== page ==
Moments ago (read: four fucking hours ago), I was about to install “Witcher 3: Wild Hunt” on my D: drive. Steam was about to allocate space on the drive when it suddenly crashed and gave me a “something bootstrap something-something” error. I tried restarting Steam, but I got a message saying the path wasn’t found and that I should check if my drive was connected properly.
Apparently, the fucking drive had disappeared. I still had my C: drive and external F: drive as well as my two flash drives, but the D: drive was gone. I looked it up on the intertubes and found that I should look in the BIOS to see if the drive was found. It wasn’t. I then opened the case to see if the drive was disconnected. It wasn’t. I fiddled a bit with the SATA cable anyway. This time, the drive was found.
That should be the end of my troubles, right? Wrong. Moments later, I look to see one of my fucking flash drives (a Transcend USB 2.0 8 GB whatever-model; serial number 636662 2464) suddenly missing its name (Transcend) along with a “FAT 32” subtitle in the “My Computer” window. Apparently, my flash drive had died in the time I was dealing with my recent predicament. Well, fuck.
I tried moving the stupid thing to my laptop to see if it could be read there. It couldn’t. I noticed the flash drive’s LED was glowing, much like how I would program my Arduino to fade LEDs back when I was actually doing something practical and experimenting on electronics instead of sitting on my fat fucking ass all day playing video games. Anyway, the flash drive had apparently gotten even more ill since I moved it, as it now gave me a message saying (in Norwegian): “Please insert disk into removable media,” or whatever.
“So, how do you fix this?” I hear you ask. Well, the answer is: “You don’t.” Instead, what you do it erase all the fucking data using the JetFlash Online Recovery tool by Transcend. This, in my mind, doesn’t qualify as “fixing” anything. Rather, this qualifies as brute-forcing the shit out of a problem that shouldn’t have existed to begin with. Seriously, what the fuck?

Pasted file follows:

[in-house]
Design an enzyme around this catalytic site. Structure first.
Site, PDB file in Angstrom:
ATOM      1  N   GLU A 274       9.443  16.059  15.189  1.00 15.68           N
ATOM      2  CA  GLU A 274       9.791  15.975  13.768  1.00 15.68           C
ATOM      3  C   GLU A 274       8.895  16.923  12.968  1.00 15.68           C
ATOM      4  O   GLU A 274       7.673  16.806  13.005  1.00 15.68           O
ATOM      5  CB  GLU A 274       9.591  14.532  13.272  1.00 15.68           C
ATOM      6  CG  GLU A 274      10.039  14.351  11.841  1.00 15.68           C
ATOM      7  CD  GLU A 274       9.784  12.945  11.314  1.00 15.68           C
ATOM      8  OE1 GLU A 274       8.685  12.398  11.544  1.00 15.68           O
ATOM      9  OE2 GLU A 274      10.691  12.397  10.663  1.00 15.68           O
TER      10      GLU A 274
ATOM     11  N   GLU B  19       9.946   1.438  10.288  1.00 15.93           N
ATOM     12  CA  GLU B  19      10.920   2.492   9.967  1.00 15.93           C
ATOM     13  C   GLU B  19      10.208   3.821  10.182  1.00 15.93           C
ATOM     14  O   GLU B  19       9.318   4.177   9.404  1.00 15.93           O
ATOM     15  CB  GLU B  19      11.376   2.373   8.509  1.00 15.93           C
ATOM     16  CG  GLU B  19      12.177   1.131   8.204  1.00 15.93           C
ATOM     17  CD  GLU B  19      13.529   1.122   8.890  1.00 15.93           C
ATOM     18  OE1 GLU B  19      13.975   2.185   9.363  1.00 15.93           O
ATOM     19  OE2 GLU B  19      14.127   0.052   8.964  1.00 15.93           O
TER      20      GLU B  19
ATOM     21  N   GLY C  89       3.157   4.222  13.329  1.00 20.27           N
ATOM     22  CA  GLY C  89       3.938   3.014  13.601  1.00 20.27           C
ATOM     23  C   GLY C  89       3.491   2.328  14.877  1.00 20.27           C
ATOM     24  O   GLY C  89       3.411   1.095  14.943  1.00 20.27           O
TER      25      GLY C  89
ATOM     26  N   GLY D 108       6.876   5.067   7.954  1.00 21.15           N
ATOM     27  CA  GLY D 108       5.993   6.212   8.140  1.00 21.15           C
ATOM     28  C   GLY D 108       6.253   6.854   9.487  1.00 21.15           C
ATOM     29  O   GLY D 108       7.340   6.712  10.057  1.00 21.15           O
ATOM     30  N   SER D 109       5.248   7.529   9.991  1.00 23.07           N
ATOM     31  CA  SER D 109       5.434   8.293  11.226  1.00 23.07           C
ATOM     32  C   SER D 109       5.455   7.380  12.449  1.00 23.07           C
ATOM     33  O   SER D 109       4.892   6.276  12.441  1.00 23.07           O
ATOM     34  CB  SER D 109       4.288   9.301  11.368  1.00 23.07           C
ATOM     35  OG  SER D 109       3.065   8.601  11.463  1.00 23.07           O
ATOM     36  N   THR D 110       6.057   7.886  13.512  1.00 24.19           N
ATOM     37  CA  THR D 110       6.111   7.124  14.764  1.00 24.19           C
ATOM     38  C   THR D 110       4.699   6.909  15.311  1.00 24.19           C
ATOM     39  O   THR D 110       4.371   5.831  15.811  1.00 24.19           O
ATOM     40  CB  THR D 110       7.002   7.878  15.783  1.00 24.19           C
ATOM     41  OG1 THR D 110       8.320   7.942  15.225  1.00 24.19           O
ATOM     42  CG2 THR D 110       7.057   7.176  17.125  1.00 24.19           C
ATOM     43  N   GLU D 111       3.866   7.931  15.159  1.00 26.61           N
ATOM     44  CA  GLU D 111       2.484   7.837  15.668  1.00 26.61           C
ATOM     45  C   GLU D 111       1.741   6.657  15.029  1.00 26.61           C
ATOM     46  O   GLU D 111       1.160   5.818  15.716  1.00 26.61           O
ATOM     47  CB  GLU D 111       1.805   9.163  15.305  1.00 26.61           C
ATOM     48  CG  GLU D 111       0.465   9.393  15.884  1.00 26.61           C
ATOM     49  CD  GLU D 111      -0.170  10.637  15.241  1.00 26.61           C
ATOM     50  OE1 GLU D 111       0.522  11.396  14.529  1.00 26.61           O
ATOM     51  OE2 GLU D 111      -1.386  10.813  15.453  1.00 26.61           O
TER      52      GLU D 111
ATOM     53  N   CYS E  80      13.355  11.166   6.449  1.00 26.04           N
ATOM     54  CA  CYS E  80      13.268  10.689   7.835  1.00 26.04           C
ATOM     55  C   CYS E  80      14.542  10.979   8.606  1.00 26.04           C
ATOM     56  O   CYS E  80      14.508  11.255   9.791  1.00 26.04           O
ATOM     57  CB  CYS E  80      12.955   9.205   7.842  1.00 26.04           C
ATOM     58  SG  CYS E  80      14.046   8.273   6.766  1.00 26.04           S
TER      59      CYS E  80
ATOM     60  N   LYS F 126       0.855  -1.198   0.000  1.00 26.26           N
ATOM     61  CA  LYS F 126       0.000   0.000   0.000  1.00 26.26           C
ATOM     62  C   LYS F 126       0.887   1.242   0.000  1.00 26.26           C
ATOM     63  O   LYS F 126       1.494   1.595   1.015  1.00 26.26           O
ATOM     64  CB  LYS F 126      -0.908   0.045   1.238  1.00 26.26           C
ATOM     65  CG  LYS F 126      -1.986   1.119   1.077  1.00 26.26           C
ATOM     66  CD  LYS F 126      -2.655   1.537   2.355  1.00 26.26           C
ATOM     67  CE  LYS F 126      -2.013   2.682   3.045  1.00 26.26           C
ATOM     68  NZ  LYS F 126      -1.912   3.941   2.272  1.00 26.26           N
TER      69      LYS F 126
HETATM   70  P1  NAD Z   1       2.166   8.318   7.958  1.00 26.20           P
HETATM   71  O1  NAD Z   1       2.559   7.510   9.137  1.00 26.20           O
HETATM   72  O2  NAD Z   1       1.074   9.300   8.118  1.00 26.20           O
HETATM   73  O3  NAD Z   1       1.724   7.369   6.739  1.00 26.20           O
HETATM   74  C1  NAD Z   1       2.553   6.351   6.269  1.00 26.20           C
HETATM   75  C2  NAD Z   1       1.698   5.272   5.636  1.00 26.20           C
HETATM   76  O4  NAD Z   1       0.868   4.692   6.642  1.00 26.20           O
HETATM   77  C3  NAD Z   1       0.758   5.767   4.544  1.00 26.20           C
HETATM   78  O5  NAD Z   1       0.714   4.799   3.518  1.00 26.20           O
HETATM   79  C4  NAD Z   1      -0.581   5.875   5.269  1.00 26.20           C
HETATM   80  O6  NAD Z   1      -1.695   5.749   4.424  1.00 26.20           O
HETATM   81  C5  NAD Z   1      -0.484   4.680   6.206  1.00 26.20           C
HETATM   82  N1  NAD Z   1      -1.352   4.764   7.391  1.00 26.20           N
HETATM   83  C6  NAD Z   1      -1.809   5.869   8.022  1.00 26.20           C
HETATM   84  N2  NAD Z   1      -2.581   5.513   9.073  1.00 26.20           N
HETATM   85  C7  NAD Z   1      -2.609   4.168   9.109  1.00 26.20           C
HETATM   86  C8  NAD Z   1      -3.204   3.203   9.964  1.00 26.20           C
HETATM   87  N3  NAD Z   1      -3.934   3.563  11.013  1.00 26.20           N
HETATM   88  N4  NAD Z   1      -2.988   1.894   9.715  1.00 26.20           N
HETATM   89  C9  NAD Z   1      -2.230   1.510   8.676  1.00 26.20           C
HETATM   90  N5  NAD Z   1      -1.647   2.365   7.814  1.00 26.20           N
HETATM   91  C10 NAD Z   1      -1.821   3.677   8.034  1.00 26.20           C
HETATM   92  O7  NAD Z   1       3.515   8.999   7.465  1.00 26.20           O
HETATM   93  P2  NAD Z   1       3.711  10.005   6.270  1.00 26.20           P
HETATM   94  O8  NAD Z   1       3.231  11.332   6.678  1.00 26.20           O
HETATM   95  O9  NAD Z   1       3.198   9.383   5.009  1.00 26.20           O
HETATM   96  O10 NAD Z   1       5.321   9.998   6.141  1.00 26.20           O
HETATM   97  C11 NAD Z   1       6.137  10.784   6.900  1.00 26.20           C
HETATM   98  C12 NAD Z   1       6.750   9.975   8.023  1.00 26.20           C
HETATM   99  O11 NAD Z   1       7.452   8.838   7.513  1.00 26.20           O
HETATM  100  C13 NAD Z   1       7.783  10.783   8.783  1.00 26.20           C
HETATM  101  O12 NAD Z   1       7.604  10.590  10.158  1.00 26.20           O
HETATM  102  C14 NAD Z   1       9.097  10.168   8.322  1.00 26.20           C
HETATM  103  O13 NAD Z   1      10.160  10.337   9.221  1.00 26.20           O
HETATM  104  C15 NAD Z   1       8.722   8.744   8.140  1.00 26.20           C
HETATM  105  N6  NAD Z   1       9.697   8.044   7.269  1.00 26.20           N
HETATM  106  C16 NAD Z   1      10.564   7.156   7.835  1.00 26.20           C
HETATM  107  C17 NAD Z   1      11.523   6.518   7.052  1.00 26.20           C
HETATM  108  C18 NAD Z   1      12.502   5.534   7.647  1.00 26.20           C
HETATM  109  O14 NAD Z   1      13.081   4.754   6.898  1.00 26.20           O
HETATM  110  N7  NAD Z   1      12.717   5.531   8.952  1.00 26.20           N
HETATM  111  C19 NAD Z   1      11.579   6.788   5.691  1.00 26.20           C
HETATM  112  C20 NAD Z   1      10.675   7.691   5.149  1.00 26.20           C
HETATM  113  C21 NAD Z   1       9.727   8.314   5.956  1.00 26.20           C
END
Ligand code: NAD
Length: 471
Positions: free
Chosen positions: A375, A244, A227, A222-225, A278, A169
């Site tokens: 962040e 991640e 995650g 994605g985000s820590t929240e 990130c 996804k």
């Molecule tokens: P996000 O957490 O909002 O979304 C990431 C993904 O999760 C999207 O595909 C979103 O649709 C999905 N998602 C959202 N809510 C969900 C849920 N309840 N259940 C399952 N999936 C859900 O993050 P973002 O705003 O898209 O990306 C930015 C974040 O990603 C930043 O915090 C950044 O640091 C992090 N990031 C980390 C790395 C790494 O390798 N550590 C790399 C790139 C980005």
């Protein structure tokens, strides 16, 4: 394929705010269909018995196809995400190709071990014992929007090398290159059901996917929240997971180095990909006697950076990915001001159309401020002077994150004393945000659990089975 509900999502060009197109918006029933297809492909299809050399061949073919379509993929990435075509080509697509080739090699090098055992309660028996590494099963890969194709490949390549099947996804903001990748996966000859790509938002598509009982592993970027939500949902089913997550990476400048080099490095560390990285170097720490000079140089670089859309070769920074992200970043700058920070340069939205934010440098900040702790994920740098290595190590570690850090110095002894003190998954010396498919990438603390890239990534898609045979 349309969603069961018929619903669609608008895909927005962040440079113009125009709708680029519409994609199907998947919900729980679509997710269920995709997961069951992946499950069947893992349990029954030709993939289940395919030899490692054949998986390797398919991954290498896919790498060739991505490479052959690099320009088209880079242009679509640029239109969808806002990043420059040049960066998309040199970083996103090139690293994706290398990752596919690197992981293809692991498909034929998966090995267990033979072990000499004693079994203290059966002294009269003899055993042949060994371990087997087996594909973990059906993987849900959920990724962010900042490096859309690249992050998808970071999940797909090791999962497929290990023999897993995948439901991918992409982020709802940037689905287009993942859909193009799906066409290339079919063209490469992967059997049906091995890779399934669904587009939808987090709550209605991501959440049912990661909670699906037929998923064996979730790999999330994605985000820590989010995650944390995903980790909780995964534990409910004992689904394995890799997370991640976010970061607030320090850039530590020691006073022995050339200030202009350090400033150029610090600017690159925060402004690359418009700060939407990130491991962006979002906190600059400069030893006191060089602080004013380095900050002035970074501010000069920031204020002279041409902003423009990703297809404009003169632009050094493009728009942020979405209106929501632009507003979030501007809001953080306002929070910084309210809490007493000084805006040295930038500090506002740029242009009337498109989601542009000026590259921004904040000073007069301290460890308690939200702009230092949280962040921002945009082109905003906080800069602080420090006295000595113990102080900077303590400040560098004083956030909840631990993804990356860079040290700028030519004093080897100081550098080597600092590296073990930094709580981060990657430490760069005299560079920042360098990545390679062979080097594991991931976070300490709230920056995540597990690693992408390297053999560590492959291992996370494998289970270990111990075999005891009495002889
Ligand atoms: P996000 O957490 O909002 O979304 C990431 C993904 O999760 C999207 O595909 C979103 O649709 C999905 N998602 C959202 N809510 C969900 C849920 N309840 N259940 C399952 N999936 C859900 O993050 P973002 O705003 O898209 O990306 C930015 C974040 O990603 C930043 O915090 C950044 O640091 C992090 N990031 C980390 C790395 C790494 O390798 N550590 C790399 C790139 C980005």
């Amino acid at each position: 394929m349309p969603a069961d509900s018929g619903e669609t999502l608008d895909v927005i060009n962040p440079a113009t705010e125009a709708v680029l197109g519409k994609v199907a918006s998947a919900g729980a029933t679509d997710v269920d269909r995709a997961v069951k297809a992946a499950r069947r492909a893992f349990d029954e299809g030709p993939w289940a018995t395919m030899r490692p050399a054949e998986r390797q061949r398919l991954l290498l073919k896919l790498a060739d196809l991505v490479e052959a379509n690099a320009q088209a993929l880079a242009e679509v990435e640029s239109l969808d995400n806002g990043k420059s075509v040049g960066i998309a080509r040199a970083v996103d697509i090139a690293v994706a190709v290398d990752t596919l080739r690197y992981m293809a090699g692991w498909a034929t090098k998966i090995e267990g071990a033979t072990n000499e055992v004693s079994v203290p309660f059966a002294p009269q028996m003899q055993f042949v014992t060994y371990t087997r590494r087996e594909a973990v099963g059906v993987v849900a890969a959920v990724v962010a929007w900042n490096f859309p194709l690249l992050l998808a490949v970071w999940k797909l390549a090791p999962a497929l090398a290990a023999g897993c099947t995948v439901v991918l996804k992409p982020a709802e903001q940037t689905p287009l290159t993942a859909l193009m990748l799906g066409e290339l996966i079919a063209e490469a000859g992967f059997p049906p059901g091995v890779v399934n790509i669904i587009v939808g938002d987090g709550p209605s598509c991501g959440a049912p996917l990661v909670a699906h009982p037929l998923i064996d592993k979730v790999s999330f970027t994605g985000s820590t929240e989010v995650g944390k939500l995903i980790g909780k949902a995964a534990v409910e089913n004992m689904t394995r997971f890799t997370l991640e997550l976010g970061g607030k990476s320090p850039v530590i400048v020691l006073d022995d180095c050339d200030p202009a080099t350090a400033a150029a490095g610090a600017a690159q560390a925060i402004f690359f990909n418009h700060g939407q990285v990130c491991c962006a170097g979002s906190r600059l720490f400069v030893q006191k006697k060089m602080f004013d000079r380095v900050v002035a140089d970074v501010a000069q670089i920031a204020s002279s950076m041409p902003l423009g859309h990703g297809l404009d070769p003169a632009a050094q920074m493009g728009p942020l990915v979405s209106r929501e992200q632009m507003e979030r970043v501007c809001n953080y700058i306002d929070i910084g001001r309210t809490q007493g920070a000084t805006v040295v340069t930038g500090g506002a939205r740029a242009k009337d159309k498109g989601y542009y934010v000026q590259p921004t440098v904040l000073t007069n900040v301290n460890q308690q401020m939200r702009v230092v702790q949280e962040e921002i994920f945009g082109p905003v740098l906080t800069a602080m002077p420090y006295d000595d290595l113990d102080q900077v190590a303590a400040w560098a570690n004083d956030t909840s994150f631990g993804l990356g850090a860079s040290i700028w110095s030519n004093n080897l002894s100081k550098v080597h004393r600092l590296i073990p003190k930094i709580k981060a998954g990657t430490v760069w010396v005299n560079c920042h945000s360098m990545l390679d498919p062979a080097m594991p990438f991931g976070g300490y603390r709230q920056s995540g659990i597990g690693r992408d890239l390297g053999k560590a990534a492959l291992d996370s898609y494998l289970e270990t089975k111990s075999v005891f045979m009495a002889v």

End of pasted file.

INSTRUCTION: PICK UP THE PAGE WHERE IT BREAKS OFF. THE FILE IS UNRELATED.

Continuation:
Why are there four versions?
So, I go on Transcend’s website and, not yet knowing of the “recovery tool’s” existence, search for a solution to the problem. I thought the LED indication would have been listed somewhere in the documentation of the flash drive, but no; Transcend is too fucking lazy to write proper manuals and documentations of their products, so there’s a dead end if ever I saw one. I did find the “recovery tool”, however. The problem was there were four versions to download. Plus, I had to disable UAC, which I previously hadn’t cared about, so I had to look that up as well.
I try every version until I decide none of them work and go looking on the intratubez once again to see if there are any other alternative solutions to this problem of mine. It turns out there aren’t, because everybody keeps mentioning this stupid program which doesn’t fucking work. This one video shows the program in action, but it’s of course an older version of the program, which makes the whole ordeal even worse because I don’t even know if my flash drive is supported by the program nor if the servers for it are still up. That’s right: It’s a fucking “online recovery tool”.
I think the way the “recovery tool” works is it looks up the serial number of the flash drive and checks it with a database or something. That is unless they scrapped that and decided not to do that anymore, because I recall reading something about having to insert the ten-digit serial number in order for the piece of shit to even start the recovery process. Nevermind the fact that the serial number is tiny as fuck and prone to becoming even more illegible over time through wear and tear due to the fact that it’s printed onto the flash drive casing.
This is taking far too long…
Back to the actual story: I finally fixed my problem. The problem I had was I didn’t realize how fucking long I had to wait just to start recovery of the flash drive. I thought the program was just sitting there doing nothing but freezing in its process of “Detecting disk and connecting to host …” It turns out that was just part of the process and that it really was supposed to take that long, which was really misleading.
Having waited for five minutes just connecting, I hesitated actually erasing all the content. I once again looked up alternative ways of going about this. It was just a waste of time, because I had to erase and format the drive no matter what I did. And so I ran the “recovery tool”. My flash drive was finally working again.
After “recovering” my flash drive, I tried running “Recuva” by Piriform and “Wondershare Data Recovery” by Wondershare. Nothing was found. A bittersweet end to a very short story. I guess it’s all gone. Oh well… There’s just one thing about this that I would like to comment on, though:
DON’T CALL IT A FUCKING RECOVERY TOOL IF IT RECOVERS JACK FUCKING SHIT! YOUR PROGRAM FORMATS THE DRIVE, TRANSCEND. IT DOESN’T RECOVER A SINGLE FUCKING BYTE! LEARN TO TELL RECOVERY FROM FORMATTING, YOU MONGOLOID FUCKS!
Pages relevant to this blog post:
Pages I visited in my search for knowledge:
No, I’m not making this list more readable.